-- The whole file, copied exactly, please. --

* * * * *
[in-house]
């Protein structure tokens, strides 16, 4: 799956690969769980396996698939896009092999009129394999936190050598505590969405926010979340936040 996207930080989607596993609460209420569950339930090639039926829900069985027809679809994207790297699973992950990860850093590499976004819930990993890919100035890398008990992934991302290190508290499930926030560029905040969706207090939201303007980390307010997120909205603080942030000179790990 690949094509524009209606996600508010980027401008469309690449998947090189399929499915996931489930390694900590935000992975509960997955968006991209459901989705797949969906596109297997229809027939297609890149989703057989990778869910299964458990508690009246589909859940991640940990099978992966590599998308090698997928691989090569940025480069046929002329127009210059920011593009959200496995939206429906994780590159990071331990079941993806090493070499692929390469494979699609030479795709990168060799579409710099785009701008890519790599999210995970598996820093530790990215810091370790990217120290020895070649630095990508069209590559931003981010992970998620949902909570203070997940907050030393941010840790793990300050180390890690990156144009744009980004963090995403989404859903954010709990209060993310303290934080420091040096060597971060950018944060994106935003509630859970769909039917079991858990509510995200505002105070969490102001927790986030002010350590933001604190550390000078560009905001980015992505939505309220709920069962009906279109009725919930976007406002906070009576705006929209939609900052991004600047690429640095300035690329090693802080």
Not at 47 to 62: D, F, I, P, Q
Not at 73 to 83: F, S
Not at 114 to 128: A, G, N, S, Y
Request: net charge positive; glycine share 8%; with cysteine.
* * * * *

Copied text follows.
[in-house]
């Protein structure tokens, strides 16, 4: 799956690969769980396996698939896009092999009129394999936190050598505590969405926010979340936040 996207930080989607596993609460209420569950339930090639039926829900069985027809679809994207790297699973992950990860850093590499976004819930990993890919100035890398008990992934991302290190508290499930926030560029905040969706207090939201303007980390307010997120909205603080942030000179790990 690949094509524009209606996600508010980027401008469309690449998947090189399929499915996931489930390694900590935000992975509960997955968006991209459901989705797949969906596109297997229809027939297609890149989703057989990778869910299964458990508690009246589909859940991640940990099978992966590599998308090698997928691989090569940025480069046929002329127009210059920011593009959200496995939206429906994780590159990071331990079941993806090493070499692929390469494979699609030479795709990168060799579409710099785009701008890519790599999210995970598996820093530790990215810091370790990217120290020895070649630095990508069209590559931003981010992970998620949902909570203070997940907050030393941010840790793990300050180390890690990156144009744009980004963090995403989404859903954010709990209060993310303290934080420091040096060597971060950018944060994106935003509630859970769909039917079991858990509510995200505002105070969490102001927790986030002010350590933001604190550390000078560009905001980015992505939505309220709920069962009906279109009725919930976007406002906070009576705006929209939609900052991004600047690429640095300035690329090693802080």
Not at 47 to 62: D, F, I, P, Q
Not at 73 to 83: F, S
Not at 114 to 128: A, G, N, S, Y
Request: net charge positive; glycine share 8%; with cysteine.